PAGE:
LDW Superfund Cleanup current activity and progress
The Lower Duwamish Waterway Group (LDWG), a partnership between King County, the Port of Seattle, City of Seattle and The Boeing Company, has been actively cleaning up waterway pollution.
LDWG has invested nearly $200 million on studies and cleanup of early action areas. We are now working on the cleanup design for the upper/southern third of the waterway. View design documents .
King County’s work with LDWG so far
- Duwamish habitat restoration
- Early action areas - cleanups of some of the most contaminated areas within the LDW done to reduce the risk of exposure to contaminated sediment and get a head start on the Superfund cleanup
- Enhanced Natural Recovery Activated Carbon Pilot Study - conducting a pilot study with an innovative sediment cleanup technology.
- Pre-Design Studies - working with the EPA on pre-design studies to inform the Superfund cleanup and developing baseline conditions to compare to future condition (remedy effectiveness).
- Fishers Study and Institutional Controls - completed a study in partnership with the US Environmental Protection Agency (EPA) and the Washington State Department of Ecology (Ecology) to learn more about fishing on the Lower Duwamish Waterway.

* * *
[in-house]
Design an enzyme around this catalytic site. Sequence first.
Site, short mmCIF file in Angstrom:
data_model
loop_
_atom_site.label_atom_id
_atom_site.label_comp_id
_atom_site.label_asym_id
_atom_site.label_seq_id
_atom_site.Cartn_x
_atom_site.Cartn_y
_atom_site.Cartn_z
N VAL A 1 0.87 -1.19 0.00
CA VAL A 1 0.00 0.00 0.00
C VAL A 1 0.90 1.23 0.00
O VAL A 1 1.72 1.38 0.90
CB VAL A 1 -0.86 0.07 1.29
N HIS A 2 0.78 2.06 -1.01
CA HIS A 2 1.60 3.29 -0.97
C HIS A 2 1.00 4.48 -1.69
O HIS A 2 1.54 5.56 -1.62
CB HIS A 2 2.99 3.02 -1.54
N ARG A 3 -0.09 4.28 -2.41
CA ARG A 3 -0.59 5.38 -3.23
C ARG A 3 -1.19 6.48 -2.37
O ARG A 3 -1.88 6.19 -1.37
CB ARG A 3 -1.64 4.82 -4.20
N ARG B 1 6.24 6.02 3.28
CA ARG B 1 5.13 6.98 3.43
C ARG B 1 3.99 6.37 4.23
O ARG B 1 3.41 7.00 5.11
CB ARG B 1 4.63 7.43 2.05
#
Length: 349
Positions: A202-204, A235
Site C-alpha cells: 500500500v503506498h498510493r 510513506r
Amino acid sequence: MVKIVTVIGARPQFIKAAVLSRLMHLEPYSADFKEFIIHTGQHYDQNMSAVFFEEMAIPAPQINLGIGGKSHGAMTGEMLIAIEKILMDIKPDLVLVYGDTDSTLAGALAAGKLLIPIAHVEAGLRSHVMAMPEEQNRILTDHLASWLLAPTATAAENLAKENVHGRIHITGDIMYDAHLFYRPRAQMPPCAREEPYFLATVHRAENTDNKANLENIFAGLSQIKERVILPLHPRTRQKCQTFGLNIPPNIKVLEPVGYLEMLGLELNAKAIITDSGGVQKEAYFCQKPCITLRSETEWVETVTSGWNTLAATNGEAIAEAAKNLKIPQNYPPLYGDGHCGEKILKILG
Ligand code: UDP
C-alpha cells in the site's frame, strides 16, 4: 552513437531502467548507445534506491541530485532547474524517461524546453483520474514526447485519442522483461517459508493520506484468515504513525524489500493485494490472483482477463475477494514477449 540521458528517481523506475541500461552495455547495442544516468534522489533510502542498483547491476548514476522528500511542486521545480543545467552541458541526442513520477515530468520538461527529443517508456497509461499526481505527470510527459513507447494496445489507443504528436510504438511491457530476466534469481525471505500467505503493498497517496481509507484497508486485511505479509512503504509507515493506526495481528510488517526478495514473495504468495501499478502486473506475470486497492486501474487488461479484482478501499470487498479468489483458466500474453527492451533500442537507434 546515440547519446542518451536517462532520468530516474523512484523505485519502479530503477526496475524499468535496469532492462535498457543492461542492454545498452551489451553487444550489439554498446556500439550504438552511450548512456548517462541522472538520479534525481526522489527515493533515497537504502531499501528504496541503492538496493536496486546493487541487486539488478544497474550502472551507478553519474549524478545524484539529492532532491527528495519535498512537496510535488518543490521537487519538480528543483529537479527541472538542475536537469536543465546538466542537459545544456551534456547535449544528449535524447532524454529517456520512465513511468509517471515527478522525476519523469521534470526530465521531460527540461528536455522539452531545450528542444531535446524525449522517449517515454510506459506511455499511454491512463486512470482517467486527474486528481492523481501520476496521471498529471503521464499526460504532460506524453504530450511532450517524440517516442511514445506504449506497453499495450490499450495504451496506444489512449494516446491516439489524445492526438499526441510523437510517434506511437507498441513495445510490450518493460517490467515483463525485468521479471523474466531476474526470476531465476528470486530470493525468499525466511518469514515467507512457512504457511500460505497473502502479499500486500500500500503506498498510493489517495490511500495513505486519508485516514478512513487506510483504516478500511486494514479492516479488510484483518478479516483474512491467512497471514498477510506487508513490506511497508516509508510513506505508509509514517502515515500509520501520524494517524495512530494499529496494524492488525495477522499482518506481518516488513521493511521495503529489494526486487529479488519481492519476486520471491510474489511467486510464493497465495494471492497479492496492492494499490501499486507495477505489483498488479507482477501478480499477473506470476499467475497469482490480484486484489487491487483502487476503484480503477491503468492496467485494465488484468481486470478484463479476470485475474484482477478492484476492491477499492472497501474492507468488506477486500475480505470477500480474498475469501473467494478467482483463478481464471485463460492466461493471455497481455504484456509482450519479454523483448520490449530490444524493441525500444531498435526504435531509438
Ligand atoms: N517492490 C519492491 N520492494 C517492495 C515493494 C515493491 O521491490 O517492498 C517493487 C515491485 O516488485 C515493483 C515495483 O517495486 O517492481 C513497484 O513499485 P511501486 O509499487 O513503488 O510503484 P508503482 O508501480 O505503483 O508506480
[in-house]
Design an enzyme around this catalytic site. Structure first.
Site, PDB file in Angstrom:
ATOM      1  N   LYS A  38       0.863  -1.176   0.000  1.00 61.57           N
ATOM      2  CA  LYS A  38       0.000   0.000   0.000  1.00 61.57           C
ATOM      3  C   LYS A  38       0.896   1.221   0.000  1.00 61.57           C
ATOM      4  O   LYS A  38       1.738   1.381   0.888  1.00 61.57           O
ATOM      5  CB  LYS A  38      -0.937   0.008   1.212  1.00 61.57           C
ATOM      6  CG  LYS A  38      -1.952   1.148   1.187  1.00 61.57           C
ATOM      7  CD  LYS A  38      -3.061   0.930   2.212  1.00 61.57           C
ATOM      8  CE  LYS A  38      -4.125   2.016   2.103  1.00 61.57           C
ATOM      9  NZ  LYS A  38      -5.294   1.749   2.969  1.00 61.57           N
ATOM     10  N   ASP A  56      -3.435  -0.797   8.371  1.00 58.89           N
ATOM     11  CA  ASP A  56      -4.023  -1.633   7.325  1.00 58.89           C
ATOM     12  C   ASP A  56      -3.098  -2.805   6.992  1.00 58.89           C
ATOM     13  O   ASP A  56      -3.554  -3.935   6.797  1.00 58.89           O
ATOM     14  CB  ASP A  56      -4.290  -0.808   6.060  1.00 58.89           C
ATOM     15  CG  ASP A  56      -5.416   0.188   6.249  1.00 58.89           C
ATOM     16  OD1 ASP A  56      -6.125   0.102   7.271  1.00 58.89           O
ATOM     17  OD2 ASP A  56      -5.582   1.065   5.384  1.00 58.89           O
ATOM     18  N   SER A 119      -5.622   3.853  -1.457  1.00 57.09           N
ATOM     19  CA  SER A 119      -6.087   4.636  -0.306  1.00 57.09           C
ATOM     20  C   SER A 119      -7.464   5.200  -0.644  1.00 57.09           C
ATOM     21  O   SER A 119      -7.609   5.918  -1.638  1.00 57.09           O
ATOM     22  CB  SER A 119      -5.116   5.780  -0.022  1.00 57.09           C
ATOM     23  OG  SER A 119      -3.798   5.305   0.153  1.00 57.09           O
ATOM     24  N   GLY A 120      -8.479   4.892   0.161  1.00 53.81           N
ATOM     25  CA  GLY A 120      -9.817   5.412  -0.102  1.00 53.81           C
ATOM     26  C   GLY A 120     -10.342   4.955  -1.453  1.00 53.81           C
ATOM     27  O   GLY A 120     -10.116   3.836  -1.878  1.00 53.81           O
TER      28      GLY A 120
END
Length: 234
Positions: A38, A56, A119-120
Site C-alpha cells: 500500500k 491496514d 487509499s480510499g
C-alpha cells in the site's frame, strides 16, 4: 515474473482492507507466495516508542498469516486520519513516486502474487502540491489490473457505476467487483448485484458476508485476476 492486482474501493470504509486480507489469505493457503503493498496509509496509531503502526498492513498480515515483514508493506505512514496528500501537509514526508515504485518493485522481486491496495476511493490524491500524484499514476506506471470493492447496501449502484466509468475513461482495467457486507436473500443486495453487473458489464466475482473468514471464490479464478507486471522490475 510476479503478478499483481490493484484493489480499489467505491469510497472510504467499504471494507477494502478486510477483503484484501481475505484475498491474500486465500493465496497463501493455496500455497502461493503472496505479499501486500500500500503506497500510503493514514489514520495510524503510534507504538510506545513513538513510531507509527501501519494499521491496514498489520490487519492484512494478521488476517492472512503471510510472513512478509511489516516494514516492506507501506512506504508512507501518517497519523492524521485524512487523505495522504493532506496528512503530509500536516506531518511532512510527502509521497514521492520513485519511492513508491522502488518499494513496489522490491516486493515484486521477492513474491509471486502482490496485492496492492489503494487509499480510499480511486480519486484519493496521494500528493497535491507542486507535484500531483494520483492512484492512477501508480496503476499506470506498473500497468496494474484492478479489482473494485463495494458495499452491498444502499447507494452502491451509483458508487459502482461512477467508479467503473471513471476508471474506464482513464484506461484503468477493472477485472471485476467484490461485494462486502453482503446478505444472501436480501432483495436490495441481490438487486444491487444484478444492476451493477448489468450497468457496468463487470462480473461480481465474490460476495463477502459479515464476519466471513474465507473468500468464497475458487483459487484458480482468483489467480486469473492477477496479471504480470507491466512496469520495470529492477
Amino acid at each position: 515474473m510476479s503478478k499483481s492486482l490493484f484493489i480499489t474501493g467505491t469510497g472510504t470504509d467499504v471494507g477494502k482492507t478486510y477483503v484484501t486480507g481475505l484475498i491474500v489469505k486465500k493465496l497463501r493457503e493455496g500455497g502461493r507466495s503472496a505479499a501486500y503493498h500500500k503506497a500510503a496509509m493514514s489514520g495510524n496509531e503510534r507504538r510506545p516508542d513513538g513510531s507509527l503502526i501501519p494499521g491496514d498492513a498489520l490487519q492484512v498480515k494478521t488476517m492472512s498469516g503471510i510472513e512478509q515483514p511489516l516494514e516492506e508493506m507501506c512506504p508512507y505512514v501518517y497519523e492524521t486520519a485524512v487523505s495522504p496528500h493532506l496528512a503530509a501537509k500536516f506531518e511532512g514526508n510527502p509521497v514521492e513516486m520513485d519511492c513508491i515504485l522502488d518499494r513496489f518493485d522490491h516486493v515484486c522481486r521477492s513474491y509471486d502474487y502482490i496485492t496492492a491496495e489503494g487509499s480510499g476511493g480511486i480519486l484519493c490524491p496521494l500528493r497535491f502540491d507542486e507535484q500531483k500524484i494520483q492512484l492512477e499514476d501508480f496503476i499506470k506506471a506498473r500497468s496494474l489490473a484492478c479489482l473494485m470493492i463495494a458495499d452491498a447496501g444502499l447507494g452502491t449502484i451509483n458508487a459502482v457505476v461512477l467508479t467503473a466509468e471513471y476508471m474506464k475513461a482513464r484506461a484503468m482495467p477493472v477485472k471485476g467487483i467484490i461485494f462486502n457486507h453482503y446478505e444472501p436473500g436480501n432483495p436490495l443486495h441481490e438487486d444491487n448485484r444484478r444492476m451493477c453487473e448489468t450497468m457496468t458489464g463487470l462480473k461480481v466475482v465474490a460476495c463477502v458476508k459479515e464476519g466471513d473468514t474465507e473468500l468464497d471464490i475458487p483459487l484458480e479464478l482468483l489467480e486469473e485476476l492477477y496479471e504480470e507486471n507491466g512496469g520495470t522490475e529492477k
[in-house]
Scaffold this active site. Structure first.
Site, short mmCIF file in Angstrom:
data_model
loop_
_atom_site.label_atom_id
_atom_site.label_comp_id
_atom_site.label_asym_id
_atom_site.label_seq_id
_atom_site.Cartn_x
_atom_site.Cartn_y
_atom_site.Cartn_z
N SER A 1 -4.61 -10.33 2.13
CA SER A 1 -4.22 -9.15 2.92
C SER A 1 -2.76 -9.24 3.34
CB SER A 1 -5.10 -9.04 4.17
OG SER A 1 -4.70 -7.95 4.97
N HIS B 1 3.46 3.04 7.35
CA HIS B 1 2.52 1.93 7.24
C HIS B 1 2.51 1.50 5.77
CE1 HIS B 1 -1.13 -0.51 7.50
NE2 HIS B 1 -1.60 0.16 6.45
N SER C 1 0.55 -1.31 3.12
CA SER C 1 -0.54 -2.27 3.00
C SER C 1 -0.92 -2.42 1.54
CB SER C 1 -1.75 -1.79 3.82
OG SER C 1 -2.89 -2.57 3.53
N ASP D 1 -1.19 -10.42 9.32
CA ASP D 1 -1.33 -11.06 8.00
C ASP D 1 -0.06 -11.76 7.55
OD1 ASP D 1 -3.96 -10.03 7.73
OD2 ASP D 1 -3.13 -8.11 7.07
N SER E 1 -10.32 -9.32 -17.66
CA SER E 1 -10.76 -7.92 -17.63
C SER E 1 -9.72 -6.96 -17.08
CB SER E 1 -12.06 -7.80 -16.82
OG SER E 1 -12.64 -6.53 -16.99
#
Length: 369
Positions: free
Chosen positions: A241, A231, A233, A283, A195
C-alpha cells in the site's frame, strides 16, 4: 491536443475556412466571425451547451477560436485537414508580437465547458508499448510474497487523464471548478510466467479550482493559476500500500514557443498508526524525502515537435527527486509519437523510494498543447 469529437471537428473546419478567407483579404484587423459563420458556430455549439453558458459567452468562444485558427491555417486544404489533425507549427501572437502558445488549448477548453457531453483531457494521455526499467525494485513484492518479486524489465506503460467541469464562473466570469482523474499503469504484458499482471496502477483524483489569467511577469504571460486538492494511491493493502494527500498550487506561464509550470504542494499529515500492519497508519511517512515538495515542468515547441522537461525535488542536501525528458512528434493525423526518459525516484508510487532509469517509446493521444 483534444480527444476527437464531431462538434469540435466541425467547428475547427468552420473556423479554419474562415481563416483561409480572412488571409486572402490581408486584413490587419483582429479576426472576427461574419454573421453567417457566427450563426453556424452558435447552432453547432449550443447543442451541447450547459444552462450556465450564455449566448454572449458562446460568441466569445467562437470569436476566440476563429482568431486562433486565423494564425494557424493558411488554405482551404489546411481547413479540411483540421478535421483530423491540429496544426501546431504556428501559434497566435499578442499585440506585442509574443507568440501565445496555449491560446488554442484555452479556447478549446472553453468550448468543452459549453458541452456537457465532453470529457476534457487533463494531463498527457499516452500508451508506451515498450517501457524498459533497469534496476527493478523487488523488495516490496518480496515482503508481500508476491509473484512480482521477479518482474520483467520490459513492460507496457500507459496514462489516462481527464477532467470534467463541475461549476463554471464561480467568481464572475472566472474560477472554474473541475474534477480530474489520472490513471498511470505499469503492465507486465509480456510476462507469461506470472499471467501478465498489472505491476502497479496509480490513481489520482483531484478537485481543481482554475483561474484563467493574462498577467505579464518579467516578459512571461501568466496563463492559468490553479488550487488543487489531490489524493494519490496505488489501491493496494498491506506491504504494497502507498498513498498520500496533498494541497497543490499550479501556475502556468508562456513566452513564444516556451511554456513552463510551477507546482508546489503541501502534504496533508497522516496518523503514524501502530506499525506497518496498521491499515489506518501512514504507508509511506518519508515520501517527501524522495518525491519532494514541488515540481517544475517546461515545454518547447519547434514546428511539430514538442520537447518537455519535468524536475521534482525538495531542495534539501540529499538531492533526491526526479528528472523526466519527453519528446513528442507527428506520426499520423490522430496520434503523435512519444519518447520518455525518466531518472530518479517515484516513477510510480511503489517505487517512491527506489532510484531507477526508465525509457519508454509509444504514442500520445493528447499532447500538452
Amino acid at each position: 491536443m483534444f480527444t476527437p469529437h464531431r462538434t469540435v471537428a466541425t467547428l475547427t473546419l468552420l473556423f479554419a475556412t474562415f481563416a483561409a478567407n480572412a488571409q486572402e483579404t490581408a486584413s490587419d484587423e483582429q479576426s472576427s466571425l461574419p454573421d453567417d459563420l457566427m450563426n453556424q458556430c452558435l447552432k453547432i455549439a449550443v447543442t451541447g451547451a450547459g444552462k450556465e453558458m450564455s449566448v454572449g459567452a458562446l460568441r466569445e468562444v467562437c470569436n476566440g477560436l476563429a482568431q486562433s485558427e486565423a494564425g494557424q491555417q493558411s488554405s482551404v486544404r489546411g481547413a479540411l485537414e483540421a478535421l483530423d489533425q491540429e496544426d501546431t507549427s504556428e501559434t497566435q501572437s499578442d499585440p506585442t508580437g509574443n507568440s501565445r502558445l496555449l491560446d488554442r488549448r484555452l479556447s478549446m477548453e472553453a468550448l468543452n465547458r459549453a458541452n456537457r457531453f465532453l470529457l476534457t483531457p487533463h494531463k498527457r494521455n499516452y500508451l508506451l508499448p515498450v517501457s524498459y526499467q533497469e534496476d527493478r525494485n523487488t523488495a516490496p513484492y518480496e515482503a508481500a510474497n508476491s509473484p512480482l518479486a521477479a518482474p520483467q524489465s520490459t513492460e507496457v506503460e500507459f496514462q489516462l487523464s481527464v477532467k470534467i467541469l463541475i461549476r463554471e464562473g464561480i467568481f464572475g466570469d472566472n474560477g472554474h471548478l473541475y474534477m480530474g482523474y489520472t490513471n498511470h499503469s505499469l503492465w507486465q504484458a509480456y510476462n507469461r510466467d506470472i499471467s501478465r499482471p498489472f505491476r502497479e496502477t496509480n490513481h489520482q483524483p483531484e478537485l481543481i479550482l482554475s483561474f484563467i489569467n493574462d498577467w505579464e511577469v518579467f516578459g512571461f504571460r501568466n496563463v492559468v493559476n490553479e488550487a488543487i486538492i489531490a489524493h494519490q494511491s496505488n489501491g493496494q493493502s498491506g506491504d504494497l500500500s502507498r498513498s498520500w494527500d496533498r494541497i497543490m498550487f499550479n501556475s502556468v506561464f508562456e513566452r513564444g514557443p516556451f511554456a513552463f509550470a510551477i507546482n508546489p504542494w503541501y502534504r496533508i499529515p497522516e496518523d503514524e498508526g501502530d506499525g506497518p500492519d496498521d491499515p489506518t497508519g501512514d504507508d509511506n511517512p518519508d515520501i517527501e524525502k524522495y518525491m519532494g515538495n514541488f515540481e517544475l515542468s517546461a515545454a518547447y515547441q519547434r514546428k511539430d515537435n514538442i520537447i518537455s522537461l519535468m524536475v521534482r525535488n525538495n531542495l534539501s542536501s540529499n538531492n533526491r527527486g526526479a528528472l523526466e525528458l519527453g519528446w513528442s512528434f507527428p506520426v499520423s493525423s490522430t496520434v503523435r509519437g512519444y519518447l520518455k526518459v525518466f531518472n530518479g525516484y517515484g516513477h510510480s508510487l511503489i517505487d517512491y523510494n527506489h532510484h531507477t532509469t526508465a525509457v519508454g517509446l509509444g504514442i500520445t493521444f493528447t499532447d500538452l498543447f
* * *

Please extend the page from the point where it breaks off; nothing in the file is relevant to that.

Additional environmental work in the Duwamish
- Sediment Management Plan
- Projects in the Green/Duwamish Watershed
- King County’s Green Duwamish Watershed Strategy
- Source Control. View reports in library.
- Protecting our waters - Controlling combined sewer overflows
- WRIA 9
Activated Carbon Pilot Study
The Lower Duwamish Waterway Group partners conducted a pilot study (February 2017) to determine if activated carbon, a common purifier in household water filters, traps contaminants in waterway sediments. The study was designed to see how much polychlorinated biphenyls (PCBs) and other pollutants can be prevented from entering the food chain. The pollutants are trapped by activated carbon that is mixed in a thin layer of clean material (either sand or gravely sand) and placed over existing contaminated sediments. This method, if successful, could be used in the cleanup of the Lower Duwamish Waterway